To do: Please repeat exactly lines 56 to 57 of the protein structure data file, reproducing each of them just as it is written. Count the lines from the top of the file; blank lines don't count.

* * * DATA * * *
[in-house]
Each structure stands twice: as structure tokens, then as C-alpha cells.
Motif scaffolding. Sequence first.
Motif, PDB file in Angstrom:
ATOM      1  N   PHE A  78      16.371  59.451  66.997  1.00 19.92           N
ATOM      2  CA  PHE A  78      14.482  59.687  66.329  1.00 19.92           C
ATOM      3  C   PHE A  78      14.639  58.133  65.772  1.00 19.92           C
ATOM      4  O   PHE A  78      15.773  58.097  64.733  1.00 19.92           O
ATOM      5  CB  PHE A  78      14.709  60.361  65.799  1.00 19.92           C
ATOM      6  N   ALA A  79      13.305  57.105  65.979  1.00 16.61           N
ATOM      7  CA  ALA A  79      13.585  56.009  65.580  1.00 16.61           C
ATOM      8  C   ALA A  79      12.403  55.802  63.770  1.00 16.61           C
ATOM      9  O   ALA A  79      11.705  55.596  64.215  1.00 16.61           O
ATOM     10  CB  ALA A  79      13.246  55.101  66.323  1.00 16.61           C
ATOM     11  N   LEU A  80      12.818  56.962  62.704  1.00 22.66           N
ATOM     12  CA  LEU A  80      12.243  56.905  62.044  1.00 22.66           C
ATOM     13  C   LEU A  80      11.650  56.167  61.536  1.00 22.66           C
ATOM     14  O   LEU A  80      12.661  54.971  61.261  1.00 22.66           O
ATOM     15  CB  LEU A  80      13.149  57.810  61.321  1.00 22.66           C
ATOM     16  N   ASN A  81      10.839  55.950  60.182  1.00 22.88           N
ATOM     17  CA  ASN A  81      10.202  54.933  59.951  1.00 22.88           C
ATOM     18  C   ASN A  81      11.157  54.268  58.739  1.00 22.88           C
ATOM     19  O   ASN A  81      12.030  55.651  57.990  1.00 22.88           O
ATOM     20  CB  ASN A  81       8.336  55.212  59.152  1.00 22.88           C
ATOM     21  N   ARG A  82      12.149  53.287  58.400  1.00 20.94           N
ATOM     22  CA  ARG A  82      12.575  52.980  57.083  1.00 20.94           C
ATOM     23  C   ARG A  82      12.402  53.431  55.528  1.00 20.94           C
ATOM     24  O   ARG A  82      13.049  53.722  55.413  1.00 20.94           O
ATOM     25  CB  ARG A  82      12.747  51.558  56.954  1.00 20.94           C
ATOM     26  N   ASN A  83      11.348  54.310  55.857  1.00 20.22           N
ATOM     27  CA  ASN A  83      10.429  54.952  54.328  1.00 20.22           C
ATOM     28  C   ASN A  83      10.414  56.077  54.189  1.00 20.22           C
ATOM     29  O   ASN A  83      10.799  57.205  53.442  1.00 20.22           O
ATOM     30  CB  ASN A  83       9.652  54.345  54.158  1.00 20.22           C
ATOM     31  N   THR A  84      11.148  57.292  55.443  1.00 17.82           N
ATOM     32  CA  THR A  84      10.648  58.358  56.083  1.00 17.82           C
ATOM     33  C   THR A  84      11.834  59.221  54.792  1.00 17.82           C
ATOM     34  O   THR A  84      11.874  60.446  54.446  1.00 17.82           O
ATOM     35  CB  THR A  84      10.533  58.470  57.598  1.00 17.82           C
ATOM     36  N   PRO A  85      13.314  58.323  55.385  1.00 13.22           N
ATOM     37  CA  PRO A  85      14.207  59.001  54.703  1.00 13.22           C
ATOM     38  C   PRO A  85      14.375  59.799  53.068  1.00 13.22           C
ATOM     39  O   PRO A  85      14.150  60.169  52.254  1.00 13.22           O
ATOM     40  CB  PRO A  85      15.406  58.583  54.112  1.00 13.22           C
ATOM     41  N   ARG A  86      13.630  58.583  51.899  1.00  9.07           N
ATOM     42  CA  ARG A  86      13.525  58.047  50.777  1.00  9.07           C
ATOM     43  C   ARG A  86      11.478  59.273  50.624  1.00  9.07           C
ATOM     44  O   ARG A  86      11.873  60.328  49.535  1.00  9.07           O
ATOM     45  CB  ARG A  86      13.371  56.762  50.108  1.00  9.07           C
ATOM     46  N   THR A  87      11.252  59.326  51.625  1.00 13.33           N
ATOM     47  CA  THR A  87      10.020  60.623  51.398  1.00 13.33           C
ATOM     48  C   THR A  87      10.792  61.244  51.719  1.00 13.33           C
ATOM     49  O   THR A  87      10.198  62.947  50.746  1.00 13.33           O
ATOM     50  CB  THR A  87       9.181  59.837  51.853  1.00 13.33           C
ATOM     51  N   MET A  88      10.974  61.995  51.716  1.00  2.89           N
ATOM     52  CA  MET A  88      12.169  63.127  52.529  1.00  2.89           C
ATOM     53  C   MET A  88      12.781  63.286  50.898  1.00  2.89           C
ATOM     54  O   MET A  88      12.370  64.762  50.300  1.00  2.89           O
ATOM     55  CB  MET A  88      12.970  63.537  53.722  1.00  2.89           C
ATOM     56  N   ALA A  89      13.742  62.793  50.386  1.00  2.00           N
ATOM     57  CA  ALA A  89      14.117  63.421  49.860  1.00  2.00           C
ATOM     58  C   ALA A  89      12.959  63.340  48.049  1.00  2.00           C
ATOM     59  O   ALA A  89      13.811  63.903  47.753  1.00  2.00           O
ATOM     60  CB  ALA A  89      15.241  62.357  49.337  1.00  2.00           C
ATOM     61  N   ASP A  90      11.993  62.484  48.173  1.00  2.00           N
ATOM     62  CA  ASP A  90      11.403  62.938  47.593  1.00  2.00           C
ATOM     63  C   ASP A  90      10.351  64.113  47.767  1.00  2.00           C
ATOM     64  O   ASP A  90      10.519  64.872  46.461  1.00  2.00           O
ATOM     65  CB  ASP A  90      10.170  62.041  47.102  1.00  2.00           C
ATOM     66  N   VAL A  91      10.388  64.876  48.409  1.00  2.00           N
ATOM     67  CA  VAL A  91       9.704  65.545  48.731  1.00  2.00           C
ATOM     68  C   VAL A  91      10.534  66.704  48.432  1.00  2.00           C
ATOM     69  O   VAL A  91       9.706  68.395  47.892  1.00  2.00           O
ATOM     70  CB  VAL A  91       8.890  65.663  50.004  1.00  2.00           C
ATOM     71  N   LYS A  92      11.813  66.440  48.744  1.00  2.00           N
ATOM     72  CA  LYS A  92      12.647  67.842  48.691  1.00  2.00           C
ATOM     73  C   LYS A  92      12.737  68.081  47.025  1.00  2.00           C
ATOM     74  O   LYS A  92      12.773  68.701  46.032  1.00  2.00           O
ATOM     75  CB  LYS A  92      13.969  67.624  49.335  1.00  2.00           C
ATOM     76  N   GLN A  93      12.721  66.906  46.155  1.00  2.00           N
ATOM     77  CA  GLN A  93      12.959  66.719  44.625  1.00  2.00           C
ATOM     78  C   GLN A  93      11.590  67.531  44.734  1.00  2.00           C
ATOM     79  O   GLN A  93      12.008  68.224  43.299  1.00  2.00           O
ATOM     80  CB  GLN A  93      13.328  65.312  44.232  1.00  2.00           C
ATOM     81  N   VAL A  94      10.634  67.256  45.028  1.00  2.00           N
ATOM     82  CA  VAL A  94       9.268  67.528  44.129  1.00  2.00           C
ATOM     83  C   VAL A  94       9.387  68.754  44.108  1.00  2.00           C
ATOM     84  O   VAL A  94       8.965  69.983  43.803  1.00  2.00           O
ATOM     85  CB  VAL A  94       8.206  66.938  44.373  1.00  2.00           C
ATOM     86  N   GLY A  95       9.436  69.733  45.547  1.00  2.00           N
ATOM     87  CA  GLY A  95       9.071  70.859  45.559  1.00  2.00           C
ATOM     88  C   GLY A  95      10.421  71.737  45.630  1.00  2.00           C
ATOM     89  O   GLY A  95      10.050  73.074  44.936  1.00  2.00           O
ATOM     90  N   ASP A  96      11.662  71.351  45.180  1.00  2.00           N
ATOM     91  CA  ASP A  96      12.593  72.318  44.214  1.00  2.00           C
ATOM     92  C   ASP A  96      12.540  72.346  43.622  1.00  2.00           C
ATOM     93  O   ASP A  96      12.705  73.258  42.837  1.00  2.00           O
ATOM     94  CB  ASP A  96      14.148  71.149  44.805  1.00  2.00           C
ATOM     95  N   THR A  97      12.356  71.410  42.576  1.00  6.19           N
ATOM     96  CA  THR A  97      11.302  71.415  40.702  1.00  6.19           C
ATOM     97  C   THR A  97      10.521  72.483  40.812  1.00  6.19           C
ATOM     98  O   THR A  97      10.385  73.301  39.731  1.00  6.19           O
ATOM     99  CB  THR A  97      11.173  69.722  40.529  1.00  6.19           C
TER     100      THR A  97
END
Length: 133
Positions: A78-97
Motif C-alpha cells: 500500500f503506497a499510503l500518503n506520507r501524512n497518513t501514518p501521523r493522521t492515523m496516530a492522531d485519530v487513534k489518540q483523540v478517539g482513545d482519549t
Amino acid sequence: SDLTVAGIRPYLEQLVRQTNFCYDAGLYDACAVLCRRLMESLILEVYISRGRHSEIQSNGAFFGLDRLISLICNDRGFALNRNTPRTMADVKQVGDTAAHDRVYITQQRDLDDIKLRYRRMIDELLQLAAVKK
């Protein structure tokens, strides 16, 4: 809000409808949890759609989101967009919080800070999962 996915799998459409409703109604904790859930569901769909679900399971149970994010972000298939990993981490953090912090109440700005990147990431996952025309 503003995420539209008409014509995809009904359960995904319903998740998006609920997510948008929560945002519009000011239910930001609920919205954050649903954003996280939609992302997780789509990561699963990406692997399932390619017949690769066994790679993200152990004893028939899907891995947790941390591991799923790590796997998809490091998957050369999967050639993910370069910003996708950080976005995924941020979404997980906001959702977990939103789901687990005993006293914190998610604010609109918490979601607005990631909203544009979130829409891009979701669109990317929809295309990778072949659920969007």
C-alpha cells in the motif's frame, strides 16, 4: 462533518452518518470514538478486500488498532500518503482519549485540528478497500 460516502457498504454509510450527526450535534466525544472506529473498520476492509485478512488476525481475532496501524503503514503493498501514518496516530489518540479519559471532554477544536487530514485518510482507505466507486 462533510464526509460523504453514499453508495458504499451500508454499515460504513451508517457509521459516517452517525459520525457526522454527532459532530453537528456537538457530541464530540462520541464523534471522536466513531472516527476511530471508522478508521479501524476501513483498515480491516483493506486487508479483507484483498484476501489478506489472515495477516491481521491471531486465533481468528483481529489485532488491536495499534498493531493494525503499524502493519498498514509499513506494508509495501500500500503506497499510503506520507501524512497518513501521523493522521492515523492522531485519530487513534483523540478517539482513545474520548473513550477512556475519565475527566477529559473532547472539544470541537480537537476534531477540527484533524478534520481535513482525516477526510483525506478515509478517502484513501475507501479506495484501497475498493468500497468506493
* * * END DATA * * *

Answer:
ATOM     52  CA  MET A  88      12.169  63.127  52.529  1.00  2.89           C
ATOM     53  C   MET A  88      12.781  63.286  50.898  1.00  2.89           C